Perhaps "stodgy" would be a word that works for you/is what you're thinking of when you're considering stuffy

(of food) heavy, filling, and high in carbohydrates. "he loves stodgy puddings"

synonyms: indigestible, starchy, filling, heavy, solid, substantial, lumpy, leaden "rich, stodgy puddings"

However, the other answers are guiding you towards using a positive descriptor and that's the approach I'd take. It would be better to say a smoothie is "light and easily digested", rather than "not too stodgy", because it's better to use a "positive" than use a "not negative" even if they usually are interpreted to mean the same thing. Politicians tend to use not-negatives.. they will say "well, you're NOT WRONG", which can be interpreted to be saying "you're RIGHT", but actually still leaves them some room to say "but you're not right either"..

I agree with the others re stuffy; "stuffy" is generally used to describe an atmosphere that seems hard to breathe, like in a party where there are no open windows. It's probably due to elevated levels of carbon dioxide; humans are quite good at detecting elevated levels of CO2 and perceiving the air as being "not very fresh". It may also be accompanied by high humidity and or stale smells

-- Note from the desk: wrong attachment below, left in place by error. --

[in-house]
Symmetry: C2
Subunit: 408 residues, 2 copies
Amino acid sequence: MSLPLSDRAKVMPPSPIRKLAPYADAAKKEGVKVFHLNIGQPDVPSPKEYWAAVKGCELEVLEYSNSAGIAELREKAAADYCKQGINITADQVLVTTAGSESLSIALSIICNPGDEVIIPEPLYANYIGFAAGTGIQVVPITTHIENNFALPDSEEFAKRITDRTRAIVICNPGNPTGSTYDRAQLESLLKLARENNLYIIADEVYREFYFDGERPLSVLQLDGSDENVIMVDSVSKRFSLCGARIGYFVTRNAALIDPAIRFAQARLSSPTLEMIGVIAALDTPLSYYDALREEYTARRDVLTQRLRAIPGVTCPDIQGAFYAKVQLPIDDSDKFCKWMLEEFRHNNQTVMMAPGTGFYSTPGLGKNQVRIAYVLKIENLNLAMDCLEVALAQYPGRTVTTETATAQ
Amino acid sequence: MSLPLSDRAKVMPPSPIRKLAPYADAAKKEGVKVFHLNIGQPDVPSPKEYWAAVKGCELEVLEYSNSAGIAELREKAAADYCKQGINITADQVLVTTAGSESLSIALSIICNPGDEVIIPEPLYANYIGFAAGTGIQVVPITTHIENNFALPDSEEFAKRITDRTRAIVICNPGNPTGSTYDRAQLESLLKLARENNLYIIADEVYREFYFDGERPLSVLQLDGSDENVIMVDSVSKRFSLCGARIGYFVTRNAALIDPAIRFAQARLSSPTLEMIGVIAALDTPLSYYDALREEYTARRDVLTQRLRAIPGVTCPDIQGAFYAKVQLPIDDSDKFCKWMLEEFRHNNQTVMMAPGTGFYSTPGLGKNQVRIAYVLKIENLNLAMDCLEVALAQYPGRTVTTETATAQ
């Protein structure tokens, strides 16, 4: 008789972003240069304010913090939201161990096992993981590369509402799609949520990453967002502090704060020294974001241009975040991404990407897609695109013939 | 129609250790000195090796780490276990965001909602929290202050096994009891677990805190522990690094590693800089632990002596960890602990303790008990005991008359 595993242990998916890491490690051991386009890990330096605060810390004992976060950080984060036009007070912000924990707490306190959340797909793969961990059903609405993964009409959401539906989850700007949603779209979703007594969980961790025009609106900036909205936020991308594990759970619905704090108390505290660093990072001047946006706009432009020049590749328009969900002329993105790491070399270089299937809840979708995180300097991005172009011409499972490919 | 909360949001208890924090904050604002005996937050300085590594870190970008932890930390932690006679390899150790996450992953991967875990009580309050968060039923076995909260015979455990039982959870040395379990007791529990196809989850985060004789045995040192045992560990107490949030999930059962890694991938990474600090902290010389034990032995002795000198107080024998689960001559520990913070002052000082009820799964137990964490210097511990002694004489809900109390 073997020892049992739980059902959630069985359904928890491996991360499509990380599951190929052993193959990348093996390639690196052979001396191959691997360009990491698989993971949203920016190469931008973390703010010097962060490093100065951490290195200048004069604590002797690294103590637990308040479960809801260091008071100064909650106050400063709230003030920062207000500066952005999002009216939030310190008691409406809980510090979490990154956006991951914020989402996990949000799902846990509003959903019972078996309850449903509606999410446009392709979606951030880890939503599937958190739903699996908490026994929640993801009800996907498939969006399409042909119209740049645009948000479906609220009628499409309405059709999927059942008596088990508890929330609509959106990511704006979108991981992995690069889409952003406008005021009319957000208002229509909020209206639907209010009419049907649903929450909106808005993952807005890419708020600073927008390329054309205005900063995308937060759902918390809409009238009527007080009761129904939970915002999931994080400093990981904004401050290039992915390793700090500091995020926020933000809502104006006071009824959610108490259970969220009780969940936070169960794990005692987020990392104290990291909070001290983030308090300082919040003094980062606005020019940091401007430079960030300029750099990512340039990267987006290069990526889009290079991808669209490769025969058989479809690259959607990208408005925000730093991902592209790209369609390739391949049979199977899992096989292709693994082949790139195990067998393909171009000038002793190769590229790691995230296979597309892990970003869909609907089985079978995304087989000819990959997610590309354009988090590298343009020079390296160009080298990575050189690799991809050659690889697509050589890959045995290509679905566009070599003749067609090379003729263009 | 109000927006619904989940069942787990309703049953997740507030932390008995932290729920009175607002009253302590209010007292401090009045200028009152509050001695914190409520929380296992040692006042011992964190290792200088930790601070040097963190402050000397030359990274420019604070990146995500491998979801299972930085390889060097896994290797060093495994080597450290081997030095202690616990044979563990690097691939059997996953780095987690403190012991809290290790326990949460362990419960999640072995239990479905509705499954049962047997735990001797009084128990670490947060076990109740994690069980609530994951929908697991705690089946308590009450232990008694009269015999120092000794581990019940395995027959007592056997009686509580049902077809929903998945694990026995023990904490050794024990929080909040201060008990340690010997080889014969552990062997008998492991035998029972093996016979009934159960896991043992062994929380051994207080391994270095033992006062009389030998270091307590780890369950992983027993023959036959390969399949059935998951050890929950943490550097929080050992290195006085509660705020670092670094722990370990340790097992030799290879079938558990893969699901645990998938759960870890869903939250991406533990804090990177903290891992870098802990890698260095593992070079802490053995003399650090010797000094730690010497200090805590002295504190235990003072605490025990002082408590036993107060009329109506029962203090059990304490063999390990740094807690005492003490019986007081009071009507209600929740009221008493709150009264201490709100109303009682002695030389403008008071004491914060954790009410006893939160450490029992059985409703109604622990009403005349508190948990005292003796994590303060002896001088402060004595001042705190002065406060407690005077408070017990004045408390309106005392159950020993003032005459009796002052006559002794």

• I've never, ever heard "stodgy" used to refer to a food. I've only heard it used to refer to a person. (Interesting - I googled it, apparently it's a Britishism. Thought I was fairly knowledgeable about Britishisms, too - never heard that one.) – neminem Jun 13 '17 at 23:20
  • 1
    Out of interest: How does stodgy apply to a person? Can you give an example? – Pod Jun 14 '17 at 10:36
3

I use the word light.

If at all you want to eat, eat light food; we are having a full-course meal very soon.

light food are light in calorie, light on stomach, and digest quickly.

3

I only had a cup of smoothie for lunch so I'd get hungry pretty soon afterwards. This is because smoothie is not very stuffy. It digests easily and fast so that my stomach becomes empty very soon.

As stated above, "filling" is the one-for-one replacement here, but another option is the idiom "sticks to your ribs". This implies that the food is substantial enough that it stays in your stomach for a long time (sticking to your ribs from the inside), keeping you feeling full for longer.

An example:

I was considering getting a grilled chicken salad, but I might go for something that sticks to your ribs more, like a steak.

Additionally, some of your example sounds a little bit odd to a native speaker. We don't say "a cup of smoothie" and we don't refer to smoothie as an uncountable quantity. Also, some of your tenses are strange. I'm not sure if the speaker is speaking about a past event or relating foreknowledge of a future outcome. Assuming that it's referring to a past event (consuming the smoothie), I would change your example to the following: